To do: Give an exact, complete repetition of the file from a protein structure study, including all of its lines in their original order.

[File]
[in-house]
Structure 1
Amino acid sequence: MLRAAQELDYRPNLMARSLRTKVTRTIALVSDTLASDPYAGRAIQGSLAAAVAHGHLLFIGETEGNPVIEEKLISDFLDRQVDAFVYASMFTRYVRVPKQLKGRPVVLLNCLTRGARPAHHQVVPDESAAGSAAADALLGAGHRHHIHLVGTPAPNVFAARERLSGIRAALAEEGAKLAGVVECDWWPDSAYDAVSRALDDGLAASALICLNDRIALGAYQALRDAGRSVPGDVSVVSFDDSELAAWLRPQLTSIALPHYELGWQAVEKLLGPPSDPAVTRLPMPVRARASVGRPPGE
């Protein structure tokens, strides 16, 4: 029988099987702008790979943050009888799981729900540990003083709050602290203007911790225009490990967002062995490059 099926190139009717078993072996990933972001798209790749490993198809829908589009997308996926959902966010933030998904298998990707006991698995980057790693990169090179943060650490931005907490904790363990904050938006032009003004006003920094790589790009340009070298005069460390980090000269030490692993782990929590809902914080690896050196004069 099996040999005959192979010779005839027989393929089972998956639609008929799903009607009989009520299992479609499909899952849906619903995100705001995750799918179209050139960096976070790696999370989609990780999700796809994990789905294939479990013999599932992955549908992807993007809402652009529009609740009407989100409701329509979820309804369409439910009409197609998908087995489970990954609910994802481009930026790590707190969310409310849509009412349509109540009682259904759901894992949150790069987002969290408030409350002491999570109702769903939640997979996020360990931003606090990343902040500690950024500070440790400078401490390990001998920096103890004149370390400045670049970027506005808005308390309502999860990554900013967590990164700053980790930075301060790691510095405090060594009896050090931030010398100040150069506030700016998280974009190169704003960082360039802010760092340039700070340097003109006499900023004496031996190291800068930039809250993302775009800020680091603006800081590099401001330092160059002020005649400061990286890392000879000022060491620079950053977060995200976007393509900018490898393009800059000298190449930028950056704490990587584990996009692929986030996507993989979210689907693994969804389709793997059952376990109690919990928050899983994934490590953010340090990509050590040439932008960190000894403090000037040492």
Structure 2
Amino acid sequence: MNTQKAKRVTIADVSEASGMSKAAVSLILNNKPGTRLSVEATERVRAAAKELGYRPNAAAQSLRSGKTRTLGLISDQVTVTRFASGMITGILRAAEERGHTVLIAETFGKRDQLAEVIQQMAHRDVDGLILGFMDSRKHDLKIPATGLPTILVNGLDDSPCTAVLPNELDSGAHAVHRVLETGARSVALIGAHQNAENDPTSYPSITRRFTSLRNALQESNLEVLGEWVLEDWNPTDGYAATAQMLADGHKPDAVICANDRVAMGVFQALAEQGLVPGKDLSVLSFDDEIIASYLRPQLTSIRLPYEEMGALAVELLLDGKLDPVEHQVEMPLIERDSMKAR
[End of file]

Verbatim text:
[in-house]
Structure 1
Amino acid sequence: MLRAAQELDYRPNLMARSLRTKVTRTIALVSDTLASDPYAGRAIQGSLAAAVAHGHLLFIGETEGNPVIEEKLISDFLDRQVDAFVYASMFTRYVRVPKQLKGRPVVLLNCLTRGARPAHHQVVPDESAAGSAAADALLGAGHRHHIHLVGTPAPNVFAARERLSGIRAALAEEGAKLAGVVECDWWPDSAYDAVSRALDDGLAASALICLNDRIALGAYQALRDAGRSVPGDVSVVSFDDSELAAWLRPQLTSIALPHYELGWQAVEKLLGPPSDPAVTRLPMPVRARASVGRPPGE
């Protein structure tokens, strides 16, 4: 029988099987702008790979943050009888799981729900540990003083709050602290203007911790225009490990967002062995490059 099926190139009717078993072996990933972001798209790749490993198809829908589009997308996926959902966010933030998904298998990707006991698995980057790693990169090179943060650490931005907490904790363990904050938006032009003004006003920094790589790009340009070298005069460390980090000269030490692993782990929590809902914080690896050196004069 099996040999005959192979010779005839027989393929089972998956639609008929799903009607009989009520299992479609499909899952849906619903995100705001995750799918179209050139960096976070790696999370989609990780999700796809994990789905294939479990013999599932992955549908992807993007809402652009529009609740009407989100409701329509979820309804369409439910009409197609998908087995489970990954609910994802481009930026790590707190969310409310849509009412349509109540009682259904759901894992949150790069987002969290408030409350002491999570109702769903939640997979996020360990931003606090990343902040500690950024500070440790400078401490390990001998920096103890004149370390400045670049970027506005808005308390309502999860990554900013967590990164700053980790930075301060790691510095405090060594009896050090931030010398100040150069506030700016998280974009190169704003960082360039802010760092340039700070340097003109006499900023004496031996190291800068930039809250993302775009800020680091603006800081590099401001330092160059002020005649400061990286890392000879000022060491620079950053977060995200976007393509900018490898393009800059000298190449930028950056704490990587584990996009692929986030996507993989979210689907693994969804389709793997059952376990109690919990928050899983994934490590953010340090990509050590040439932008960190000894403090000037040492």
Structure 2
Amino acid sequence: MNTQKAKRVTIADVSEASGMSKAAVSLILNNKPGTRLSVEATERVRAAAKELGYRPNAAAQSLRSGKTRTLGLISDQVTVTRFASGMITGILRAAEERGHTVLIAETFGKRDQLAEVIQQMAHRDVDGLILGFMDSRKHDLKIPATGLPTILVNGLDDSPCTAVLPNELDSGAHAVHRVLETGARSVALIGAHQNAENDPTSYPSITRRFTSLRNALQESNLEVLGEWVLEDWNPTDGYAATAQMLADGHKPDAVICANDRVAMGVFQALAEQGLVPGKDLSVLSFDDEIIASYLRPQLTSIRLPYEEMGALAVELLLDGKLDPVEHQVEMPLIERDSMKAR